Working to reduce the potential of bias in decision-making related to disciplinary actions
Most research has identified schools as a critical decision-point for students at risk of involvement in the juvenile justice system. The purpose of the RTP grant is to reduce DMC in the juvenile justice system by providing outreach to School Attendance Review Boards (SARB) or any school entities responsible for identifying students who are at risk of dropping out of school and who have increased risk of involvement in the juvenile justice system.
The Influence of Bias in DMC
DMC is assumed to be caused by many factors, such as poverty and school failure. But, little attention is paid to how bias might inform the decisions that result in school detention, suspensions, or dropouts. While many people would like to believe that student disciplinary decisions are based solely on the behaviors of the students, research from the Annie E. Casey Foundation on youth-serving systems show that the more discretion that exists in decision-making, the more likelihood that youth of color (especially African Americans, Latin, and Native Americans) will be perceived and treated more negatively than their white counterparts. This does not occur because teachers and others are intentionally hostile towards students of color; rather, it can be traced to unconscious biases that promote the perception of risk which can lead to small and virtually unnoticeable differences in how teachers, administrators, school resource officers, and school boards apply and interpret school policies and procedures.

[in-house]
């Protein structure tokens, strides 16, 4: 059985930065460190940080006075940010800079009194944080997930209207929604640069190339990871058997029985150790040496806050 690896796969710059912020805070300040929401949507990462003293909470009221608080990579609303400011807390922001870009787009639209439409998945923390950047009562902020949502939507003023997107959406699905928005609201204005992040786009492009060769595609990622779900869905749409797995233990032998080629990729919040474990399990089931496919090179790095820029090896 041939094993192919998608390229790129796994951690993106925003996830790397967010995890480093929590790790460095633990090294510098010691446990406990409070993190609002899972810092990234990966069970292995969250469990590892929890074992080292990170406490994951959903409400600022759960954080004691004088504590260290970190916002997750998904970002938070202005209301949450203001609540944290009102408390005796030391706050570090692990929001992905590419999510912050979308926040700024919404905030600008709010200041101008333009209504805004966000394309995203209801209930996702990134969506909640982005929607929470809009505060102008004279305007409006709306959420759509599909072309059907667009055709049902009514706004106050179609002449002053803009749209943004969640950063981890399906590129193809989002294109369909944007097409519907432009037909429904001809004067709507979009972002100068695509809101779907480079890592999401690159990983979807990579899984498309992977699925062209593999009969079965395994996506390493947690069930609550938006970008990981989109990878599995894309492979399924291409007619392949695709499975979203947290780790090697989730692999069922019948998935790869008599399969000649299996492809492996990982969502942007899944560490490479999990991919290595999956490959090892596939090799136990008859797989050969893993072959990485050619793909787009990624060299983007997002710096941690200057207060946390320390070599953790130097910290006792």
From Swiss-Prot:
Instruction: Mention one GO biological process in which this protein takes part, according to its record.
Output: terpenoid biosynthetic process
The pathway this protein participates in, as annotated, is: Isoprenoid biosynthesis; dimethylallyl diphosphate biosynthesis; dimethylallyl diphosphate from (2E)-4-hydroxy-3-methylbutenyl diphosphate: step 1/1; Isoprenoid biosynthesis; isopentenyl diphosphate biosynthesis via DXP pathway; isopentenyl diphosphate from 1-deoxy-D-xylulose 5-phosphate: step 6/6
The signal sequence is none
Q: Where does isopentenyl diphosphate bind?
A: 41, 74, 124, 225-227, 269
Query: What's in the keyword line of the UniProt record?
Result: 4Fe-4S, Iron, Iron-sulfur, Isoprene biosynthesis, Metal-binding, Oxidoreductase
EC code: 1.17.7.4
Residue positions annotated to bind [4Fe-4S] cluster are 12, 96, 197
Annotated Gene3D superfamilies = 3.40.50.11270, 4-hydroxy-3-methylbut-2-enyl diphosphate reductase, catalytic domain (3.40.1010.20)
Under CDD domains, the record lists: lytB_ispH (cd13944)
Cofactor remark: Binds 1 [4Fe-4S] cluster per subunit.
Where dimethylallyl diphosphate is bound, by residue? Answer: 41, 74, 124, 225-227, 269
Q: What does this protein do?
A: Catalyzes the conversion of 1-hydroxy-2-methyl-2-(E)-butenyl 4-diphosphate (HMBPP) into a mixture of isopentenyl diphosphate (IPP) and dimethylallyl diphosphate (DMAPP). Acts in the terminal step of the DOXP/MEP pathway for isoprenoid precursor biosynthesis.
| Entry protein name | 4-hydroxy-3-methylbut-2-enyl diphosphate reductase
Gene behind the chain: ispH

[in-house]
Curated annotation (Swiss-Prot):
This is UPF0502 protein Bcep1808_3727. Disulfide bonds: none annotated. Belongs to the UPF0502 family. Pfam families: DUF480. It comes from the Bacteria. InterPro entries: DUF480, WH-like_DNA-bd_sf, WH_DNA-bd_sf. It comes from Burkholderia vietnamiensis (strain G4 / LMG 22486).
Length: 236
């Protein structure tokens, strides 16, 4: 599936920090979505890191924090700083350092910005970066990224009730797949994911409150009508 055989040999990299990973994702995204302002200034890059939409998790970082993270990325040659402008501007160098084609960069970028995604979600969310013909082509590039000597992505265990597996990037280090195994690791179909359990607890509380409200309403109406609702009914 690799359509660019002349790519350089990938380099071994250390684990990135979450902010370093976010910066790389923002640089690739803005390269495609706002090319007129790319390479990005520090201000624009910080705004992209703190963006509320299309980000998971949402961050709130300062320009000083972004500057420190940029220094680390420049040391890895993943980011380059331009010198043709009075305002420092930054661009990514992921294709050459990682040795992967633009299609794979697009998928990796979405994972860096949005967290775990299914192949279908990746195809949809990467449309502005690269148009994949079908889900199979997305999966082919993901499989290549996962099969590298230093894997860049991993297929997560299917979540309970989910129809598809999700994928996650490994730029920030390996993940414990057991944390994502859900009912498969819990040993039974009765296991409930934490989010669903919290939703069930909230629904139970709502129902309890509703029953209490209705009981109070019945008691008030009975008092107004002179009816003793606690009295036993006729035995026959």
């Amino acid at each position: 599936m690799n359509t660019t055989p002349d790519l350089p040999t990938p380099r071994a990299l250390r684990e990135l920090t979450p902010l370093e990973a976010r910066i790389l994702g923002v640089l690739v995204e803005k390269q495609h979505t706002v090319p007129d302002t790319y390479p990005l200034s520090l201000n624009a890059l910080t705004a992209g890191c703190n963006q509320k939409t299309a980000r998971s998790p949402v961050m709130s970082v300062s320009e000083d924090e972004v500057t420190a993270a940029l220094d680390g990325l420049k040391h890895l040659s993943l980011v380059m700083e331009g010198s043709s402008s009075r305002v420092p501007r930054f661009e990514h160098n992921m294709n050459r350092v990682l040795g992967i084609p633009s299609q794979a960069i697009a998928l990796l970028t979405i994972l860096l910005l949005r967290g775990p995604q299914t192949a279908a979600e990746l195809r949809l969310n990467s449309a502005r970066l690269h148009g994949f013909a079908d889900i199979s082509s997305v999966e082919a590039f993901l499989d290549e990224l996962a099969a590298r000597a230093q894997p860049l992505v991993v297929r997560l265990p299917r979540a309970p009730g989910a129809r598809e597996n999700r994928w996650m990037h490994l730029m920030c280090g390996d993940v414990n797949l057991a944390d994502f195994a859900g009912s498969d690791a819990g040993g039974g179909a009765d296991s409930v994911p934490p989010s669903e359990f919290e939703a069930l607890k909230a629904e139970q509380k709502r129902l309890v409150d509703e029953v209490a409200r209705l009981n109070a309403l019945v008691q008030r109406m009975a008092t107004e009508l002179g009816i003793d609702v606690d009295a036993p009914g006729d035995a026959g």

Through DMC training and education, this Regional Training Program aims to reduce the potential of bias in decision-making related to disciplinary actions. Because decisions that impact student outcomes occur at many different decision points, stakeholders from youth-serving agencies such as education, juvenile justice, law enforcement, mental health, child welfare as well as parents, will be invited to participate in the training and activities of the RTP. This interdisciplinary approach is crucial to improving DMC outcomes.
If you know of an agency, institution, group, or individual who could benefit from these trainings – or you would simply like more information – please contact one of the DMCRTP team members listed below:
Dr. Rita Cameron Wedding